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Investigating my complex trauma

Thanks to Meg-John Barker, I discovered Pete Walker's texts on complex trauma. What I suffered Saturday night through Sunday was clearly an emotional flashback, and in fact, what I did instinctively was not so bad, compared to Pete Walker's 13 steps for managing flashbacks.

With my own childhood history, it is true that I have never had a secure attachment. Pete Walker says:

One simple way of describing secure attachment in childhood relationship is that the child has liberal, safe access to at least one caretaker to whom she can bring her whole self-experience - good or bad, happy or depressed, trusting or afraid, succeeding or failing - without threat of being attacked, shamed or abandoned. Those who do not get a modicum of this in childhood risk spending their whole lives isolating themselves in a lonely, defensive position whenever they are in pain and most in need of empathy, support and connection. Sadly, this wound cannot be healed alone, no matter how powerful one's capacity for introspection and self-processing, for the response to shut down vulnerability in relationship has been so practiced that it has become automatic.

 

Unfortunately, I have lived this all my life, and only in the last few years have I started, little by little, to change it. Pete Walker refers to Diana Foscha, an attachment researcher, and says:

The "pathogenic affects of fear and shame", as Diana Fosch calls them, cause the insecurely attached person to automatically eschew vulnerability and hide from sharing their deeper feelings and experiences. She calls this type of fear and shame "the instantaneous layering of reaction on top of felt experience." Hence when an individual, emotionally abandoned in childhood, has an incipient upwelling of core emotional experience, like sadness, anger, depression, etc., the inner critic reacts to it instantly with fear and shame preventing the individual not only from expressing it, but often from even becoming aware of it in the first place. Tragically this prevents the individual from communicating from the deeper levels of vulnerable experience that are necessary for a deeper, more sustaining kind of relating.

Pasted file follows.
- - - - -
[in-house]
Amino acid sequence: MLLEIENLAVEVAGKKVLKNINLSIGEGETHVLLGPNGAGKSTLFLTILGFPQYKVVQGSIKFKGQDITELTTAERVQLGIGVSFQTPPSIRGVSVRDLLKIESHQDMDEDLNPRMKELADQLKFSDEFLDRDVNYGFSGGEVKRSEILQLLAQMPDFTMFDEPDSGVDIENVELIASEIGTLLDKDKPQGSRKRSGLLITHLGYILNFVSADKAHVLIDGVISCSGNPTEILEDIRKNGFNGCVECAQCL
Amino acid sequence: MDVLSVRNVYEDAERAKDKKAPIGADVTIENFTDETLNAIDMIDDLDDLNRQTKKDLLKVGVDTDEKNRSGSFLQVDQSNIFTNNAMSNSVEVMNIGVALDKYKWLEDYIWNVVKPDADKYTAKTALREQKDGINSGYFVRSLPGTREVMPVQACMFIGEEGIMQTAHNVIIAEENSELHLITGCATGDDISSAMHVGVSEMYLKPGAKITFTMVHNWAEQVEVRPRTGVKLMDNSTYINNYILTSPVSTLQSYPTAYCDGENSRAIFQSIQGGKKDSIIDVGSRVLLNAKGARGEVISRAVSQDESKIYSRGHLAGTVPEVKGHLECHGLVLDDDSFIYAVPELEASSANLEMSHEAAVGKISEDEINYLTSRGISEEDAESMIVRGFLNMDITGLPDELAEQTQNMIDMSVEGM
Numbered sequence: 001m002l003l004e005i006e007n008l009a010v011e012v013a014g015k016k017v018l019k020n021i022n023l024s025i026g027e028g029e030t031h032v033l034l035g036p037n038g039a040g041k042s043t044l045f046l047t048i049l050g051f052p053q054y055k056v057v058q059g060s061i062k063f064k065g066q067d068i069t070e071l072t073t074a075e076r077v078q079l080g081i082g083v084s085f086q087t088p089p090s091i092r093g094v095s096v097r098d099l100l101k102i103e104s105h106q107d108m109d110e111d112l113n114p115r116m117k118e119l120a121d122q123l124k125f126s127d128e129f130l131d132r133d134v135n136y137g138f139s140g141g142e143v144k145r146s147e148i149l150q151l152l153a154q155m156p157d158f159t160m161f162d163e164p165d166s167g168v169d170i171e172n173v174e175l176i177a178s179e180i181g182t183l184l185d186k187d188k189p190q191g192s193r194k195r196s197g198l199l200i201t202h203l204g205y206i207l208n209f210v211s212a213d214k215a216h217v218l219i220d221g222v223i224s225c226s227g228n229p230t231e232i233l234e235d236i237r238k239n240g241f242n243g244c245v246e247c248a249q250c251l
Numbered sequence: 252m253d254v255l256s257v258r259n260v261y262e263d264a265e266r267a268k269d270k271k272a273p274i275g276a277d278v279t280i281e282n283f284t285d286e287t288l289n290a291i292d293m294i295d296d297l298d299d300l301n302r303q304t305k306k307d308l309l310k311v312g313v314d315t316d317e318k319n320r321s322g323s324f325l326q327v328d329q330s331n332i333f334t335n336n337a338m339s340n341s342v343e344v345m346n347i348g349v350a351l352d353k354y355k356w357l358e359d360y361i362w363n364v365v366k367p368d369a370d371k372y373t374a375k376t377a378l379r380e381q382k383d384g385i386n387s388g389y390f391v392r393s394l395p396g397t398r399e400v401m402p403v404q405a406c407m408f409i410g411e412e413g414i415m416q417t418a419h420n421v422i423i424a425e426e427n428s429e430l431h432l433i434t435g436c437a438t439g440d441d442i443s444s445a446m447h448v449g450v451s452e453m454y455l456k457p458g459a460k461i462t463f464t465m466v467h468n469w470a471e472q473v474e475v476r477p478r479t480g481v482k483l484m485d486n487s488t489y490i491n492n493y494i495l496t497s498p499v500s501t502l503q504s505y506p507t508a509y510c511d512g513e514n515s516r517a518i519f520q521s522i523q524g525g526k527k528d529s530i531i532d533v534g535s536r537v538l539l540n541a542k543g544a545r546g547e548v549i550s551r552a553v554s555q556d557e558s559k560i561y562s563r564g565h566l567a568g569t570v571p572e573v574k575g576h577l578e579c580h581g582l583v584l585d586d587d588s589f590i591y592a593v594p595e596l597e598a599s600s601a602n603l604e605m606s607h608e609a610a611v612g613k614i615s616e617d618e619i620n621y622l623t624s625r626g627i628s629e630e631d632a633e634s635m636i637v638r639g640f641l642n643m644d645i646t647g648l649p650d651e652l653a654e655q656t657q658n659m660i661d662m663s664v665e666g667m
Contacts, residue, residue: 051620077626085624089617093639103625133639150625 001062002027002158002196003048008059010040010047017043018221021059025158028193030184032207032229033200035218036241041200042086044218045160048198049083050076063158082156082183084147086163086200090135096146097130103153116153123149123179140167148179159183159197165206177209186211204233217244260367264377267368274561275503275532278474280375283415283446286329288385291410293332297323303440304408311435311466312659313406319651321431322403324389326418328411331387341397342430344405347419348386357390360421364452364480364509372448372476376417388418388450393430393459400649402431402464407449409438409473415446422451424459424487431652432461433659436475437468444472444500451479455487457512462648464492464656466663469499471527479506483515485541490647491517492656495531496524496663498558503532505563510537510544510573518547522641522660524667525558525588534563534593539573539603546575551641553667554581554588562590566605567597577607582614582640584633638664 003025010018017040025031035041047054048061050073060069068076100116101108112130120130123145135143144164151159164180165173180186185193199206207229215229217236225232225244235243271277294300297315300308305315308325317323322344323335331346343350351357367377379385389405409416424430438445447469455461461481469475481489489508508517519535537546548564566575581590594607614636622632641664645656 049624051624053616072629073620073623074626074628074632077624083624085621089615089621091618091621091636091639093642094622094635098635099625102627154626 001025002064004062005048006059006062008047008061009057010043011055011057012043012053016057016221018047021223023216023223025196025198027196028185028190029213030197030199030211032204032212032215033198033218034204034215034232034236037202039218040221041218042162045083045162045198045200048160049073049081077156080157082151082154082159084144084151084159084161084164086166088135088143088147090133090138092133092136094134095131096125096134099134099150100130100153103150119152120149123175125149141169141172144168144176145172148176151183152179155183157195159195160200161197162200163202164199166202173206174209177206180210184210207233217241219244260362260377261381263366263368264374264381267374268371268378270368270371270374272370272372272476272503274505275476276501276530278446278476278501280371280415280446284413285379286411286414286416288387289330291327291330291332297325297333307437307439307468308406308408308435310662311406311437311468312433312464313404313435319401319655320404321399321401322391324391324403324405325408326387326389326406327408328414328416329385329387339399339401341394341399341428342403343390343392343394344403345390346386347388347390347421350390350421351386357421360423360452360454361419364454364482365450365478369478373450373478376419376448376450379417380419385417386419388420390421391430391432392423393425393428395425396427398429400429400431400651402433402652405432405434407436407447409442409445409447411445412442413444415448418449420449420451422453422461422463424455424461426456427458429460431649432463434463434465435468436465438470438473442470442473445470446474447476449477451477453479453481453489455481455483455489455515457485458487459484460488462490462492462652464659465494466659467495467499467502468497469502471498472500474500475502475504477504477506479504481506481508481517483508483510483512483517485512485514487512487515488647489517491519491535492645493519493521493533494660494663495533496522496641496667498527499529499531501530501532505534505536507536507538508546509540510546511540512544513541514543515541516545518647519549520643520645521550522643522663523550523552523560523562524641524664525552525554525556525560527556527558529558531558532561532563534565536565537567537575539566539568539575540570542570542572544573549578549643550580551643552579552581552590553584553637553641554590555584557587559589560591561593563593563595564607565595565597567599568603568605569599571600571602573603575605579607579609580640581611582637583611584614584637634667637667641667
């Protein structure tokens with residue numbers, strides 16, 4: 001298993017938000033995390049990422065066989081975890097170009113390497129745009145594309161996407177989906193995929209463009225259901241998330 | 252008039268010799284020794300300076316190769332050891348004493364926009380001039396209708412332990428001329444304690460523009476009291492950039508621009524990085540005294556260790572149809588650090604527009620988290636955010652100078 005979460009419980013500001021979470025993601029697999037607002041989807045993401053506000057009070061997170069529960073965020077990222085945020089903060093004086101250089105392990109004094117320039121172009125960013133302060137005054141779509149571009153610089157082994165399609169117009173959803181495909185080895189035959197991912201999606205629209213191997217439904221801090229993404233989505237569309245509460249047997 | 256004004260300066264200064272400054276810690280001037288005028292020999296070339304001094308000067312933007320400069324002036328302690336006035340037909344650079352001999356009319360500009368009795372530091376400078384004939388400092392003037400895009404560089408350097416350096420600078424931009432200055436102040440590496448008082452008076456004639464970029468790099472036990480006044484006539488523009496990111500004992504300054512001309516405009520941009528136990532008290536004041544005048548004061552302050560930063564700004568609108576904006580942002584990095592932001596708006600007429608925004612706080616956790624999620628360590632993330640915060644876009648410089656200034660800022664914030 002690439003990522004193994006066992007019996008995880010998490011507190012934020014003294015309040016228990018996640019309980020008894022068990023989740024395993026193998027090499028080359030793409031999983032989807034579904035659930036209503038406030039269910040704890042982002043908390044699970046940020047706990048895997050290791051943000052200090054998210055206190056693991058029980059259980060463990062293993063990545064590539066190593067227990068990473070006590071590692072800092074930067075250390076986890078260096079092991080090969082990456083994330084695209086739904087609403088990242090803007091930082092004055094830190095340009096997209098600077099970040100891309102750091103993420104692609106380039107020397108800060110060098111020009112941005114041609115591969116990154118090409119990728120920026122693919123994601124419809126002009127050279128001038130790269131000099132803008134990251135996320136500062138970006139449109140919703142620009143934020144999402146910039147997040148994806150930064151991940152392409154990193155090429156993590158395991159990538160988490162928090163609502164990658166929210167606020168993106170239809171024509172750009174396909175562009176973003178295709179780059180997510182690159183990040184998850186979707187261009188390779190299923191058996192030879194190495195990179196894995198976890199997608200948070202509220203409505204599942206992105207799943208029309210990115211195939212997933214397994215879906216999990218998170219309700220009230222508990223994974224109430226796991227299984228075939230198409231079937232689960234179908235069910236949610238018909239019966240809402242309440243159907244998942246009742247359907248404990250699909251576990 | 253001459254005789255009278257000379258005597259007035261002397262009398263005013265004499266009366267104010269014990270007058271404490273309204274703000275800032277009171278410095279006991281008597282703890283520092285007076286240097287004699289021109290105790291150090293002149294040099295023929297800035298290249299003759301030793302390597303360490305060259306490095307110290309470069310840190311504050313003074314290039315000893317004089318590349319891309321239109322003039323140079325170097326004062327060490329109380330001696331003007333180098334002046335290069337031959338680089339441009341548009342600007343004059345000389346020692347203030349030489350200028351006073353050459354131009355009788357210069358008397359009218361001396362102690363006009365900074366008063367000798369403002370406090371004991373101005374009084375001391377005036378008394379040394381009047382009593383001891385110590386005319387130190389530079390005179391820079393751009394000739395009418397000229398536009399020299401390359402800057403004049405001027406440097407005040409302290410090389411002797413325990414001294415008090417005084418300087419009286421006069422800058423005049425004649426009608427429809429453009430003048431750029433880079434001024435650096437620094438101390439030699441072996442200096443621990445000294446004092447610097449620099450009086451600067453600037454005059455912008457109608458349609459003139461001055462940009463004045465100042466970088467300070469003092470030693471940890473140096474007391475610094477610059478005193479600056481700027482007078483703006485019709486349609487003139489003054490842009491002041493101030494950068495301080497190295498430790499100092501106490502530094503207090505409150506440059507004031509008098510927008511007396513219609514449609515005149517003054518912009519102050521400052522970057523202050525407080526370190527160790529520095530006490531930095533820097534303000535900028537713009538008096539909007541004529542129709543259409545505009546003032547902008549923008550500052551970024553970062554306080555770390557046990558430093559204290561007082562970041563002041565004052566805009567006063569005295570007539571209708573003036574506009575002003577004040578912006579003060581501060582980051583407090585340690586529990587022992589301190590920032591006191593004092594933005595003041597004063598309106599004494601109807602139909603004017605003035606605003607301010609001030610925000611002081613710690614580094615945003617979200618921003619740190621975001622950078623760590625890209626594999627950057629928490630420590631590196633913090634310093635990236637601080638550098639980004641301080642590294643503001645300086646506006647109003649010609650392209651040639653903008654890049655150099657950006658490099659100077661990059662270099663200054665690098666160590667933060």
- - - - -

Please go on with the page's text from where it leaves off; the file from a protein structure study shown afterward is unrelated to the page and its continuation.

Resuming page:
I can't think of a better way to express my own experience. I'm changing it, but it's a slow and complicated process. I'm lucky now that I have friendships that allow me to express my vulnerability, and we have sufficiently intimate and secure relationships. But I know very well this experience of not even realising what is happening to me, my sadness or anger, my needs, my boundaries.

And then, when I can't take it anymore, at first I blame myself (I'm not in touch with my emotions. I don't realise these things, and this is my fault, my problem), I try to avoid conflict (It's too late, you better let it go! You can't change anything any more), or, in the end, I explode and move on to the attack. It doesn't take me long now to think of several examples in recent years.

Now, with the retraumatization caused by the sanitary crisis, I have started to put self-care at the centre. I need it, and I need your support, friends. I do love you all.

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Article | by Dr. Radut